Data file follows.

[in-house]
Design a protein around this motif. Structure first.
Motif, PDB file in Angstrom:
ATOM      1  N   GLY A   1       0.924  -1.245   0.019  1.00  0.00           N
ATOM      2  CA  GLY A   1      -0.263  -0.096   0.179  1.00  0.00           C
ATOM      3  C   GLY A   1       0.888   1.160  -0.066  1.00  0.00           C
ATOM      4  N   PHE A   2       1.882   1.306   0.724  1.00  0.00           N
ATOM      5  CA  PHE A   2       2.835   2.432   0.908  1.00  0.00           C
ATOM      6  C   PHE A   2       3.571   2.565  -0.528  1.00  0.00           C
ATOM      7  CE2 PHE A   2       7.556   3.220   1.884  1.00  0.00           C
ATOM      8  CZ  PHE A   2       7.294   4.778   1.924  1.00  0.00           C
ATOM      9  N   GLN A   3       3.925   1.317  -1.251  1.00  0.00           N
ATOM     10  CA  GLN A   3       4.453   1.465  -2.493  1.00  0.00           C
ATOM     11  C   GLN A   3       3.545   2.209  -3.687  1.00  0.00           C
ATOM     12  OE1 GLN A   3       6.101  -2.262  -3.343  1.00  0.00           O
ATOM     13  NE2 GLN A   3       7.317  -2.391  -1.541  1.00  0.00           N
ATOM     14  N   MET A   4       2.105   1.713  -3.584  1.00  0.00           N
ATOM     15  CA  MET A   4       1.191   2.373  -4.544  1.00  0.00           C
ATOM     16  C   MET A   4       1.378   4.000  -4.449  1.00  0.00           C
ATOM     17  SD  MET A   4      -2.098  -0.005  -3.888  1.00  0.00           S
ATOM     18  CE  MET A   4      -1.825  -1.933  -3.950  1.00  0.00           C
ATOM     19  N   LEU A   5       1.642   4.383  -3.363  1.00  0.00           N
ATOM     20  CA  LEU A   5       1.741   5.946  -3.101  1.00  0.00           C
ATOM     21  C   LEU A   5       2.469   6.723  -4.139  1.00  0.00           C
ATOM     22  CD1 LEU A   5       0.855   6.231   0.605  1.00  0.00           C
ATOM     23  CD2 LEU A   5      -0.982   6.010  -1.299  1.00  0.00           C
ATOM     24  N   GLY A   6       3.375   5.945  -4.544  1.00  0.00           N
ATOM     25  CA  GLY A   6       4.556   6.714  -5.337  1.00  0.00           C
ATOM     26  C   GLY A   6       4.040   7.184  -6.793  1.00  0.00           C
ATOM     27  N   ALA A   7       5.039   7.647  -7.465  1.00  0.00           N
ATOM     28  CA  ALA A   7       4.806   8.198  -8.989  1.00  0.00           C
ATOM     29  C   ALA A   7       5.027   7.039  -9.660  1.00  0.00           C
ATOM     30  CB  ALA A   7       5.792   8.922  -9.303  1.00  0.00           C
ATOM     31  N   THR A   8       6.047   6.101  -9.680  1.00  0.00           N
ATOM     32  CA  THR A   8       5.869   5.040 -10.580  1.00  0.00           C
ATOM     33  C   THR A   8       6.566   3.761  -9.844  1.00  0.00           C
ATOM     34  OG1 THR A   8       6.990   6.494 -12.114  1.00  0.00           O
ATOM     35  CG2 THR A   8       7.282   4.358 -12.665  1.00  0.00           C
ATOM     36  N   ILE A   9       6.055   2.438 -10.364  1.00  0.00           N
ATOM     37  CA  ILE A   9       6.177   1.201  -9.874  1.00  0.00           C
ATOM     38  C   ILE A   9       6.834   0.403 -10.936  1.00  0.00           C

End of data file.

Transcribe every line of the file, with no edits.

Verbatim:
[in-house]
Design a protein around this motif. Structure first.
Motif, PDB file in Angstrom:
ATOM      1  N   GLY A   1       0.924  -1.245   0.019  1.00  0.00           N
ATOM      2  CA  GLY A   1      -0.263  -0.096   0.179  1.00  0.00           C
ATOM      3  C   GLY A   1       0.888   1.160  -0.066  1.00  0.00           C
ATOM      4  N   PHE A   2       1.882   1.306   0.724  1.00  0.00           N
ATOM      5  CA  PHE A   2       2.835   2.432   0.908  1.00  0.00           C
ATOM      6  C   PHE A   2       3.571   2.565  -0.528  1.00  0.00           C
ATOM      7  CE2 PHE A   2       7.556   3.220   1.884  1.00  0.00           C
ATOM      8  CZ  PHE A   2       7.294   4.778   1.924  1.00  0.00           C
ATOM      9  N   GLN A   3       3.925   1.317  -1.251  1.00  0.00           N
ATOM     10  CA  GLN A   3       4.453   1.465  -2.493  1.00  0.00           C
ATOM     11  C   GLN A   3       3.545   2.209  -3.687  1.00  0.00           C
ATOM     12  OE1 GLN A   3       6.101  -2.262  -3.343  1.00  0.00           O
ATOM     13  NE2 GLN A   3       7.317  -2.391  -1.541  1.00  0.00           N
ATOM     14  N   MET A   4       2.105   1.713  -3.584  1.00  0.00           N
ATOM     15  CA  MET A   4       1.191   2.373  -4.544  1.00  0.00           C
ATOM     16  C   MET A   4       1.378   4.000  -4.449  1.00  0.00           C
ATOM     17  SD  MET A   4      -2.098  -0.005  -3.888  1.00  0.00           S
ATOM     18  CE  MET A   4      -1.825  -1.933  -3.950  1.00  0.00           C
ATOM     19  N   LEU A   5       1.642   4.383  -3.363  1.00  0.00           N
ATOM     20  CA  LEU A   5       1.741   5.946  -3.101  1.00  0.00           C
ATOM     21  C   LEU A   5       2.469   6.723  -4.139  1.00  0.00           C
ATOM     22  CD1 LEU A   5       0.855   6.231   0.605  1.00  0.00           C
ATOM     23  CD2 LEU A   5      -0.982   6.010  -1.299  1.00  0.00           C
ATOM     24  N   GLY A   6       3.375   5.945  -4.544  1.00  0.00           N
ATOM     25  CA  GLY A   6       4.556   6.714  -5.337  1.00  0.00           C
ATOM     26  C   GLY A   6       4.040   7.184  -6.793  1.00  0.00           C
ATOM     27  N   ALA A   7       5.039   7.647  -7.465  1.00  0.00           N
ATOM     28  CA  ALA A   7       4.806   8.198  -8.989  1.00  0.00           C
ATOM     29  C   ALA A   7       5.027   7.039  -9.660  1.00  0.00           C
ATOM     30  CB  ALA A   7       5.792   8.922  -9.303  1.00  0.00           C
ATOM     31  N   THR A   8       6.047   6.101  -9.680  1.00  0.00           N
ATOM     32  CA  THR A   8       5.869   5.040 -10.580  1.00  0.00           C
ATOM     33  C   THR A   8       6.566   3.761  -9.844  1.00  0.00           C
ATOM     34  OG1 THR A   8       6.990   6.494 -12.114  1.00  0.00           O
ATOM     35  CG2 THR A   8       7.282   4.358 -12.665  1.00  0.00           C
ATOM     36  N   ILE A   9       6.055   2.438 -10.364  1.00  0.00           N
ATOM     37  CA  ILE A   9       6.177   1.201  -9.874  1.00  0.00           C
ATOM     38  C   ILE A   9       6.834   0.403 -10.936  1.00  0.00           C